ICC Men's ODI World Cup 2019
'Breathtaking' Wade on another level
Tasmanian endorsed for winter abroad after record-breaking run-fest across Shield and Big Bash seasons
25 March 2019, 07:08 PM AEST
A "breathtaking" Matthew Wade is "batting on another level" says his state coach as his case for a return to the highest level continues to gather steam.
Wade this week joined Victoria and Australia Test opener Marcus Harris as the only players to hit more than 1,000 runs in this summer's JLT Sheffield Shield season, joining Adam Voges and Michael Klinger as the only men to do so in the past decade.
For Wade his 1,021 Shield runs at an average of 60 – with two centuries and eight fifties – came on the back of finishing as the second-highest run-scorer in the KFC BBL where he notched 592 at 42.28 and a strike rate of 146.89.
"I think we saw even in this game (against NSW last weekend) that he's batting on another level to a lot of people in the country," Tasmania coach Adam Griffith said today.
"I just hope that an opportunity arises for him to show what he can do at that (Australia A) level and we'll see what the selectors do."
With only the Shield final left of the Australian summer to be played, focus is increasingly turning to the coming winter and the three distinct Australian men's squads that will travel to the UK.
While the senior World Cup team aims for a sixth title, an Australia A squad will be in action against county opposition and should the national team need any reinforcements, this group would provide on-hand replacements.
The 'A' squad will switch from 50-over games to first-class cricket as the ODI tournament nears its conclusion, with the majority of the nation's Test specialists not already on county contracts expected to come in – including national Test captain Tim Paine.
Wade could conceivably be involved for the duration of the 'A' tour having proved in the second half of the Shield summer that moving up the order and playing as an outfielder while Paine – his Tasmania teammate – wears the gloves did not affect his output with the bat.
Before the Big Bash, Wade had had 571 Shield runs from 12 innings at 63.44 with one century – a knock of 137 – and five fifties.
Since the Shield resumed against the Dukes ball he amassed 450 runs in eight innings at 56.25 with a century of 134 and three other fifties, including the 65 he hit in the face of a NSW onslaught on what proved the final day of Tasmania's season.
"The way he's batting it just shows you his maturity," Griffith said.
"It does come off that he's a bit antsy when he's not scoring and he's facing a lot of balls but what we've learnt with Wadey over the journey now is that if he's there for any period of time, once he feels in and comfortable to flick the switch, it's pretty breathtaking to watch.
"It's a credit to Wadey that he's still learning about his game, still developing, still I think becoming an even better cricketer."
They're strong words from Griffith – who was today appointed Australia's bowling coach for the World Cup campaign to reunite the coaching duo that was previously at the helm of the Western Warriors.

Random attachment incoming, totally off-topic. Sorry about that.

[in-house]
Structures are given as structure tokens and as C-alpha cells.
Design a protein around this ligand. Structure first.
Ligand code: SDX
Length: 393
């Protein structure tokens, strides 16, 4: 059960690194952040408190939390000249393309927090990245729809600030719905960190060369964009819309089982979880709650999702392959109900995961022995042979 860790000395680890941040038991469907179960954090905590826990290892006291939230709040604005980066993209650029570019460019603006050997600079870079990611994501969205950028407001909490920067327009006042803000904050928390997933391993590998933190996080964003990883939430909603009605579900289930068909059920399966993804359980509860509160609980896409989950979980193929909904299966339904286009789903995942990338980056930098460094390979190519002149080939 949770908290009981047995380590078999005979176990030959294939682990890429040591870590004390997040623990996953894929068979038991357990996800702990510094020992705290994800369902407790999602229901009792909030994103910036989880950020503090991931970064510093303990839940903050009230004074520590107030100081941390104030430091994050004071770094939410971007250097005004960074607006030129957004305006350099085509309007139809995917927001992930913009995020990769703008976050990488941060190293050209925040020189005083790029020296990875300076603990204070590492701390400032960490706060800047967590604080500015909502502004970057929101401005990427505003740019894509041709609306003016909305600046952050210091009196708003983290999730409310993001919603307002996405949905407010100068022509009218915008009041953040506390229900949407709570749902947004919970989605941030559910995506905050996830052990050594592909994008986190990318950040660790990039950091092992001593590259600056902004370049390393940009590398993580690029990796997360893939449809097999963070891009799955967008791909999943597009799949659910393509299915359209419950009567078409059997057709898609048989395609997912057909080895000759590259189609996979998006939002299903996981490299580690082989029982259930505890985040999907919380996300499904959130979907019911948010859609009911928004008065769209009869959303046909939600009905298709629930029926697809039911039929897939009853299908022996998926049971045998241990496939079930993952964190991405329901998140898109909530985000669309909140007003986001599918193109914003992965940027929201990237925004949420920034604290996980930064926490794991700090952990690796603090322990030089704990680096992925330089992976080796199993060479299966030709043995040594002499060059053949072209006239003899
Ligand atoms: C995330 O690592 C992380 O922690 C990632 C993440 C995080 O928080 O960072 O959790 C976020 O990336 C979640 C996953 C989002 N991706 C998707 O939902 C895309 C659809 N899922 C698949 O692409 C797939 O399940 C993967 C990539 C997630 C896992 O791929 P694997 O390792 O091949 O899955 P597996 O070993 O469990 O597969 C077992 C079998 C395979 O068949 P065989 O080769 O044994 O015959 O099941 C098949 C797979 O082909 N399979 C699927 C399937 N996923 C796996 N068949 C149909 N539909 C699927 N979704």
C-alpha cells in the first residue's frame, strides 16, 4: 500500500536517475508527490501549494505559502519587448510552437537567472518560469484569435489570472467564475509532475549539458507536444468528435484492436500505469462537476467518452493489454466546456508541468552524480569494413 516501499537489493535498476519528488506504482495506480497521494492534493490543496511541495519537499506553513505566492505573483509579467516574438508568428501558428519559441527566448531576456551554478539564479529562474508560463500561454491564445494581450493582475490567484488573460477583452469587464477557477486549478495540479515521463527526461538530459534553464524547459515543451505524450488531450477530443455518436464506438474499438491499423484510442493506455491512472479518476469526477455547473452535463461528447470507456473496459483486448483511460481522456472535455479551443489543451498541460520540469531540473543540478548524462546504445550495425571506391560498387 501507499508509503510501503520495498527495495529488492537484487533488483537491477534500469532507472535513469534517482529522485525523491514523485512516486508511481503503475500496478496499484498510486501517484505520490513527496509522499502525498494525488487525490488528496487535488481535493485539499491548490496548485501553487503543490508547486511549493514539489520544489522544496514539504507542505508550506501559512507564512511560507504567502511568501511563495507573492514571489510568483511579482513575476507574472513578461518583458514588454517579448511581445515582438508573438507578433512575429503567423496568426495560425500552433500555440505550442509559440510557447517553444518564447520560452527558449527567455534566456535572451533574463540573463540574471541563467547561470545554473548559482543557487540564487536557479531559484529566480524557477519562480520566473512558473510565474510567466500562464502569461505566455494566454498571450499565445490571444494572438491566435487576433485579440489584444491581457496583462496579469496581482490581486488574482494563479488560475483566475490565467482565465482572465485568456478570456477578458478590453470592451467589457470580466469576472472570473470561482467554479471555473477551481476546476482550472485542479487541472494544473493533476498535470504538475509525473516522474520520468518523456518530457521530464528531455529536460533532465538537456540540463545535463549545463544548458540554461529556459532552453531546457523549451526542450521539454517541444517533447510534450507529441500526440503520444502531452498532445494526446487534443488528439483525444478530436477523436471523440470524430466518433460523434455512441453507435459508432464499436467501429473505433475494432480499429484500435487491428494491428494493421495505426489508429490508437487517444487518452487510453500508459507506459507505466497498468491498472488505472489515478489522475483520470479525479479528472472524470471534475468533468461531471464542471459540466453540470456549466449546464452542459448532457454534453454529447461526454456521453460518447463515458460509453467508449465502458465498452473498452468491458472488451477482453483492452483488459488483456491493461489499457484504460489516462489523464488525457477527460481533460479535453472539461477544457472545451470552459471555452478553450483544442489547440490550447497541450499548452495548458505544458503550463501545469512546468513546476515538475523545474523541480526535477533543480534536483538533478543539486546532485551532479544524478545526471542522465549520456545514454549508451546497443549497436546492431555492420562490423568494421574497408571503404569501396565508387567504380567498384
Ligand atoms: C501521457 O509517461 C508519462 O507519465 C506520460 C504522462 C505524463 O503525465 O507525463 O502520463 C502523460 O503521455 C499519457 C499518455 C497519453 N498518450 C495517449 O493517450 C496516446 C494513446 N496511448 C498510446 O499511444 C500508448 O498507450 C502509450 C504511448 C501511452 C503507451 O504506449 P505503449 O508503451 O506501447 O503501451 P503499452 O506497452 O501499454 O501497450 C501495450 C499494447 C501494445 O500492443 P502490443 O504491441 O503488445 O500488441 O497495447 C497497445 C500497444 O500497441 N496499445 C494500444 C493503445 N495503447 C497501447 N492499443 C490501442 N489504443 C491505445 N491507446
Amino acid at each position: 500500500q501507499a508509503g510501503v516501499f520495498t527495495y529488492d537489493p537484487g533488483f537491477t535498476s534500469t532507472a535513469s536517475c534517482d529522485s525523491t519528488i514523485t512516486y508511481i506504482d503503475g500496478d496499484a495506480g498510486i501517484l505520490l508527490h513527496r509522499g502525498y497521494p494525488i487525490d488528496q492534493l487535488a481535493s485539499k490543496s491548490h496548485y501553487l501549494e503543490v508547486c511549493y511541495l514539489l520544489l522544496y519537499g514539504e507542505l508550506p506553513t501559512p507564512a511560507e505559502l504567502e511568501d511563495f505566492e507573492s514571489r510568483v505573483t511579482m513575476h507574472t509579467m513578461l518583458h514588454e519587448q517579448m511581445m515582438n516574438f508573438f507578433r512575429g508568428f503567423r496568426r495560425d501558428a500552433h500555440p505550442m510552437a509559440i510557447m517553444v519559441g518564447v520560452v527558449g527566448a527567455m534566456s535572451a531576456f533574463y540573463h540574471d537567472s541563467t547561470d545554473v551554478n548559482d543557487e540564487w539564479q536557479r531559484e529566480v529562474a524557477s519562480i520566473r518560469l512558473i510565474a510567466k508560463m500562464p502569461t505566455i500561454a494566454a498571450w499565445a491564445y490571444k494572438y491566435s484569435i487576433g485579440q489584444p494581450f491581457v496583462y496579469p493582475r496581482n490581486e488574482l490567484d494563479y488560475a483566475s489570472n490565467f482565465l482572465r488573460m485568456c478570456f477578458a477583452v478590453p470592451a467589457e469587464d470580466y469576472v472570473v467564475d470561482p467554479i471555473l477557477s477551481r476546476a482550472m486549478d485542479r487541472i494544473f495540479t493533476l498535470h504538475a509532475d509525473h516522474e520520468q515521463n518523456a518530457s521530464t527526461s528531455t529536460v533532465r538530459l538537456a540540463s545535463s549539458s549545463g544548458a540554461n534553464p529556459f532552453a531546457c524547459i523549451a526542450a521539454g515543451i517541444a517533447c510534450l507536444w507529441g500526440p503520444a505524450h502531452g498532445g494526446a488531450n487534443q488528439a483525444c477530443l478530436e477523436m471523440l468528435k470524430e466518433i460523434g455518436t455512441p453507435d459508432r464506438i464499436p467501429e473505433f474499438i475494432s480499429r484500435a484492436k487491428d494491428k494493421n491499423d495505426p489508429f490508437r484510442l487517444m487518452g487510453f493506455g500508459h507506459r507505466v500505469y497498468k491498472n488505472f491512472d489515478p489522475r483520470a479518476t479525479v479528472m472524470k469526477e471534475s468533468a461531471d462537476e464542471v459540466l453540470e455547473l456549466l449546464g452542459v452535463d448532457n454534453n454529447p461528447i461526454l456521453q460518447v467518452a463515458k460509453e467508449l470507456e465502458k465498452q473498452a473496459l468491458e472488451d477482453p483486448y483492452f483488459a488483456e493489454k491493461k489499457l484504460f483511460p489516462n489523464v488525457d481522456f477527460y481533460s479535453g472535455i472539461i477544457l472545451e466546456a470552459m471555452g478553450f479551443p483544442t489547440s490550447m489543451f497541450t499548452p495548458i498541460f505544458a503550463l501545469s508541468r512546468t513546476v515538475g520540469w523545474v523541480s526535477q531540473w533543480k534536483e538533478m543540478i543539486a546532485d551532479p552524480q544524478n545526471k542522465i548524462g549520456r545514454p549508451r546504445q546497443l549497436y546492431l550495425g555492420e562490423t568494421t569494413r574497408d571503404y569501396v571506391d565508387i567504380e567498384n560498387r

But while Griffith insists he has no official sway in selection he does concede he has been in regular contact with Langer as a sounding board – and isn't afraid to express an opinion.
"JL and I have spoken since he took over the Australian team, he always wants to bounce ideas off me but I have no say in what that squad is," Griffith said today.
"I speak to the selectors in my capacity as head coach of Tasmania and they ask me my opinion on things and I give them. It's all part of trying to increase that communication.
"They (CA and selectors) are focused on making that better and I've got a relationship with JL so we speak about a lot of things. He bounces ideas off me about a lot of stuff.
"I think it's good he's got someone from outside that system but also someone who understands it reasonably well.
"I get asked my opinion on certain things but it's purely just opinion."
Wade spoke with National Selector Trevor Hohns last weekend after he attended the NSW-Tasmania Shield clash in Hobart, which he says provided clarity on his position in the Ashes pecking order.
"Obviously I am happy with the year I have had, I played as a keeper for half the year and basically a batter the second half of the year," Wade said after the game.
"I got to experience both roles and really enjoyed both, happy with how the season went and fingers crossed an opportunity comes at the next level at some stage.
"JL has text me and said 'well done' a couple of times and I had a chat with 'Cracker' Hohns the other day as well.
"I am in contact with them and understand where I'm at and fingers crossed something comes."
Langer and Hohns would undoubtedly have asked for Griffith's opinion on how his 50-wicket taking leading seamer Jackson Bird has been travelling, and would have got an unequivocal response.
"He's taken 50 wickets this year, bowled beautifully, led our attack really, really well," Griffith said of the 32-year-old who's played nine Tests.
"If they need someone of that calibre he's ready to go."
Australia A's first one-day fixture is on June 20 against Northamptonshire, while the red-ball matches begin July 7 against Sussex and will culminate in an Australia v Australia A showdown at Southampton on July 23-26.
Australia A's UK fixtures
June 20: Australia A v Northants (50-over)
June 23: Australia A v Derbyshire (50-over)
June 25: Australia A v Worcestershire (50-over)
June 30: Australia A v Gloucestershire (50-over)
July 02: Australia A v Gloucestershire (50-over)
July 7-10: Australia A v Sussex, Arundel
July 14-17: Australia A v England Lions, Canterbury
July 23-26: Australia v Australia A, Rose Bowl